Study objectives: To retrospectively examine the characteristics of a population of patients <50 years of age with clinical and polysomnographic features diagnostic for RBD.
Methods: Review of our sleep centre's database for patients with RBD diagnosed over the last 7 years. Ninety-one patients were separated into two groups according to their age at the time of diagnosis (<50 y and 50 y). Clinical and polysomnographic data were reviewed.
Results: Sixty-two were male; mean age was 52+/-19 y. Thirty-nine were <50 y. In the group <50 y there was a male predominance but in a smaller proportion (M:F=1.4:1) compared with the group 50 (M:F=3:1). Seventy-six patients complained of abnormal behaviour (AB) during sleep, 12 with narcolepsy complained of excessive daytime sleepiness (EDS) with the AB being elicited only during consultation, and three complained of both EDS and AB. All patients, except one in the group 50, described AB related to vivid dreams with violent content. The majority of the patients had the idiopathic form of RBD in both groups (51.2% group <50, 63.4% group 50). The secondary form was associated with narcolepsy in 38.4% of patients in the group <50 y and with a synucleinopathy in 28.8% of patients in the group 50. A strong association was noted between RBD and non-REM parasomnias.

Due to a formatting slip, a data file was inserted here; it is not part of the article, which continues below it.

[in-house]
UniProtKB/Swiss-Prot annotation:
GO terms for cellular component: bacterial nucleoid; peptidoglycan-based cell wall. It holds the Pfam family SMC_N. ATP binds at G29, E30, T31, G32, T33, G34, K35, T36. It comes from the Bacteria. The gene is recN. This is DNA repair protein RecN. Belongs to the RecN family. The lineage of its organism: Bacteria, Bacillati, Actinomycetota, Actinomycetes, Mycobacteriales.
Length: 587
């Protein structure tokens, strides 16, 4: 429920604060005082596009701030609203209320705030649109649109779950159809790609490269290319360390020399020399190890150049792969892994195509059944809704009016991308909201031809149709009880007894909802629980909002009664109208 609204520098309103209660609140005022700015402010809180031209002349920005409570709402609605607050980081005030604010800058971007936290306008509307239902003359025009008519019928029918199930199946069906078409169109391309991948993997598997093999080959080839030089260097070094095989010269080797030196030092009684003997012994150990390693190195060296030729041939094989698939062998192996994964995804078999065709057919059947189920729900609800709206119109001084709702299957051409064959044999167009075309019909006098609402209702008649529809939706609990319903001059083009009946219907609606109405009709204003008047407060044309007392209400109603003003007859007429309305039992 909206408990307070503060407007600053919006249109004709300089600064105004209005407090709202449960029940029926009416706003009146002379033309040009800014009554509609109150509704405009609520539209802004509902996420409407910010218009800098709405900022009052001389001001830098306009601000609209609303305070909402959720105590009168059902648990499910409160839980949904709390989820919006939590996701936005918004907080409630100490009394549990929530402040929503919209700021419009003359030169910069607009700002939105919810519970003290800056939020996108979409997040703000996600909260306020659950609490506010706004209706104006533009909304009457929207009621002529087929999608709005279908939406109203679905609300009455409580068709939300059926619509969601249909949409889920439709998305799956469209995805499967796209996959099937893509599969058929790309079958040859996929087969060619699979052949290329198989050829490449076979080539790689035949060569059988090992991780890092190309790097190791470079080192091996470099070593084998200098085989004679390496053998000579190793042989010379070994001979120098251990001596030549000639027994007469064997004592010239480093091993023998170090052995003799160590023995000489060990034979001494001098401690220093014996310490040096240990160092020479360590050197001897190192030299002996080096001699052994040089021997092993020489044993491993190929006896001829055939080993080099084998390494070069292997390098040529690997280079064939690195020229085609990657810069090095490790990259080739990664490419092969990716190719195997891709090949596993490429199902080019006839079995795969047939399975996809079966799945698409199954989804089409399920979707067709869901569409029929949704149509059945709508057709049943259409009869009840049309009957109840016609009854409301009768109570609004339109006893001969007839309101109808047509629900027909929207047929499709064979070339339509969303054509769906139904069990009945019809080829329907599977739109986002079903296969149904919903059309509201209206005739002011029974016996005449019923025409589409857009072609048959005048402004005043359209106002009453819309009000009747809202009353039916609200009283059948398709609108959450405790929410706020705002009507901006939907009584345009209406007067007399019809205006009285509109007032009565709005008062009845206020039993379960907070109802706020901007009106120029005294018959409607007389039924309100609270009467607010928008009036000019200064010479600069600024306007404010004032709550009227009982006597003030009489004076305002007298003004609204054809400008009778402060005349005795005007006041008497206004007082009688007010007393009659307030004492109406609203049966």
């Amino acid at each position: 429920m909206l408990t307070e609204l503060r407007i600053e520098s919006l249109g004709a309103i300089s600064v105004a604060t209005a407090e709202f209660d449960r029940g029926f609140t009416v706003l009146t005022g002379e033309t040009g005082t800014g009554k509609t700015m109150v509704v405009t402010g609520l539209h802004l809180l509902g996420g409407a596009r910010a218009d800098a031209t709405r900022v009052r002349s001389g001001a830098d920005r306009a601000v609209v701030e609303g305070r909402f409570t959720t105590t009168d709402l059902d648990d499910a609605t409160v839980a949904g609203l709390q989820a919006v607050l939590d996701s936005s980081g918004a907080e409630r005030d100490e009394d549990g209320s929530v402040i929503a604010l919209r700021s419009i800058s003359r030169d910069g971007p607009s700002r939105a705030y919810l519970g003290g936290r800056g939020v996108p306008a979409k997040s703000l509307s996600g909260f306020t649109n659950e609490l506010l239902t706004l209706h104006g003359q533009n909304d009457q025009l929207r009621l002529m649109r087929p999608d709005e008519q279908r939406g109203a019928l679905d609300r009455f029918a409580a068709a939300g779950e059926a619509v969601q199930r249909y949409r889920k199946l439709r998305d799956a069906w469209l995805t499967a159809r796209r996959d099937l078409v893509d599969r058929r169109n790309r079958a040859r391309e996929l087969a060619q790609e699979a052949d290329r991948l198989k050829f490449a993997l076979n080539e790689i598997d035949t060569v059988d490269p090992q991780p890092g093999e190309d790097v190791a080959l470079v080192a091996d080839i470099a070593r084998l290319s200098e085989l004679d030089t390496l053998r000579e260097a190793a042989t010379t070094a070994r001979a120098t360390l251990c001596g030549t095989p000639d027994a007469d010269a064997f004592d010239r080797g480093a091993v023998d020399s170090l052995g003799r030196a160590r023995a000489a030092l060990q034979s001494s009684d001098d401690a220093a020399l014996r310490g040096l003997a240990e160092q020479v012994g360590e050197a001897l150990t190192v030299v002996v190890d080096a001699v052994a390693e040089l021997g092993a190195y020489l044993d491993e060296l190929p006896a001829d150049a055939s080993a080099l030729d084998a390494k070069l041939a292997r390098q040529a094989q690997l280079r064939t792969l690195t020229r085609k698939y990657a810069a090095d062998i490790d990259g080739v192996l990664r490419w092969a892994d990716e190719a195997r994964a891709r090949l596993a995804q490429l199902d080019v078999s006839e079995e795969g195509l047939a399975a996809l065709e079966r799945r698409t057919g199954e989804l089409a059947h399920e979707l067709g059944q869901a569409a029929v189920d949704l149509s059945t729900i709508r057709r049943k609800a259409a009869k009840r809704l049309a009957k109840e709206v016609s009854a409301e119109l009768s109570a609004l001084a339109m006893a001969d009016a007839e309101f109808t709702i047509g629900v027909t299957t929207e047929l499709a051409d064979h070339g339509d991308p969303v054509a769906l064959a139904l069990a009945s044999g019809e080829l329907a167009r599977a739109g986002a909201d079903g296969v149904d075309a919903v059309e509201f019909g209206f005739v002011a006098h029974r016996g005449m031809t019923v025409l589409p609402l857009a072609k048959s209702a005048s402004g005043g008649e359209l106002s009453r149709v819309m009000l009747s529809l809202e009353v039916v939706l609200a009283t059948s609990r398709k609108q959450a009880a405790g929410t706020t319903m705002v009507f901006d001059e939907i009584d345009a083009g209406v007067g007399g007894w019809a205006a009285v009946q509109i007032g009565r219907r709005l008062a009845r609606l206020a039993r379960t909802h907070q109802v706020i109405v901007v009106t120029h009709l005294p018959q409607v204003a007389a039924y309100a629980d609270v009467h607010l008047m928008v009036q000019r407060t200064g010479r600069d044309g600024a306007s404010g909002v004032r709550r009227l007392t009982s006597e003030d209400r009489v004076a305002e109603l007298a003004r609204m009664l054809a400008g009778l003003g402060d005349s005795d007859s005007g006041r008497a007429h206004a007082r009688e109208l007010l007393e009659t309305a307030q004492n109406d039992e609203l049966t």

Conclusions: In a population of patients with RBD presenting to a regional sleep laboratory, more than one-third of patients were <50 y at time of diagnosis. The commonest associated disorder was narcolepsy in patients <50 y, and synucleinopathy in those 50 y. The coexistence of RBD with a NREM parasomnia was not uncommon in cases of idiopathic RBD affecting patients <50 y.